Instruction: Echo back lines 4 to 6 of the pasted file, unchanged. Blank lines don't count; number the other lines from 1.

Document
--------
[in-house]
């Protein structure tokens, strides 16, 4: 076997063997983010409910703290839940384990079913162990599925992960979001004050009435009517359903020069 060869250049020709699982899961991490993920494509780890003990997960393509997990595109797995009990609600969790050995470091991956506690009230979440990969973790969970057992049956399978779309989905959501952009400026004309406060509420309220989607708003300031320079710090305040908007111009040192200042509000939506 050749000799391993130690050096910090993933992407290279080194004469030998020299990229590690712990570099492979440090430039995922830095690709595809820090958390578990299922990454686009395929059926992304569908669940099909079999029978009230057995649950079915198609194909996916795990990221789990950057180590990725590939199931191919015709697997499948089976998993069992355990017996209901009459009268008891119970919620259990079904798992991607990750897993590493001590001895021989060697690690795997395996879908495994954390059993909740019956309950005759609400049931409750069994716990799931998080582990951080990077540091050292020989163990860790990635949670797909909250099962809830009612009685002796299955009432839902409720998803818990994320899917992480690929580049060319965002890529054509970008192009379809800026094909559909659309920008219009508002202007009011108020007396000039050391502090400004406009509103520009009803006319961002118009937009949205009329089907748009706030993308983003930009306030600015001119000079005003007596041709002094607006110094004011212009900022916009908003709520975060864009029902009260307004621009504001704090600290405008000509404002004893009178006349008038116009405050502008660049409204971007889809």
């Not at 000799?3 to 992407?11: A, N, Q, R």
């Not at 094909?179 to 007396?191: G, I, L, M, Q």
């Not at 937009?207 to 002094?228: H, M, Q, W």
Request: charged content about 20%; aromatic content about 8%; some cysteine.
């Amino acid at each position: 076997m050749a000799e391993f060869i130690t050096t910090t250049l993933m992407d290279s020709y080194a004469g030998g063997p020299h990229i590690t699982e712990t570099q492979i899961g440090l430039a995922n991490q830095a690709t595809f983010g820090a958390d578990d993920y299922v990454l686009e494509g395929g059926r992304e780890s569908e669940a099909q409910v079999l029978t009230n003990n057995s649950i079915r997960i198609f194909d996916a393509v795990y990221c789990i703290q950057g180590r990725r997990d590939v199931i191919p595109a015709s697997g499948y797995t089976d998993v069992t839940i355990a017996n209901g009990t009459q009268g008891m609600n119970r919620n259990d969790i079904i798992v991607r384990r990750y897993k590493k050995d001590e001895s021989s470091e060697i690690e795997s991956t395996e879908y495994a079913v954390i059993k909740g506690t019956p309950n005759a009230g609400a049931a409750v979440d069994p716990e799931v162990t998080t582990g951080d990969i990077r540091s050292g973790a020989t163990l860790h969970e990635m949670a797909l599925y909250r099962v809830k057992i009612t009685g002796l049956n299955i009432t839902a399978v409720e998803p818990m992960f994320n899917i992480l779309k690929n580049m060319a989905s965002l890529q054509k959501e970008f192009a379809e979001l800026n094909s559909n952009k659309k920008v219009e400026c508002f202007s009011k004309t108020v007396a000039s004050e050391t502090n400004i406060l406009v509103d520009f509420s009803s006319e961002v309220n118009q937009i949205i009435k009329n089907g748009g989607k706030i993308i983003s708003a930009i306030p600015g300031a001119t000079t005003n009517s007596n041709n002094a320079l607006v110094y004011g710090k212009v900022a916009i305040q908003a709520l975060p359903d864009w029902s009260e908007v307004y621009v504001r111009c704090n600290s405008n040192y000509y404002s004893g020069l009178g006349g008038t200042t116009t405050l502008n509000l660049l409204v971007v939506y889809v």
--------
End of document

């Not at 094909?179 to 007396?191: G, I, L, M, Q």
């Not at 937009?207 to 002094?228: H, M, Q, W």
Request: charged content about 20%; aromatic content about 8%; some cysteine.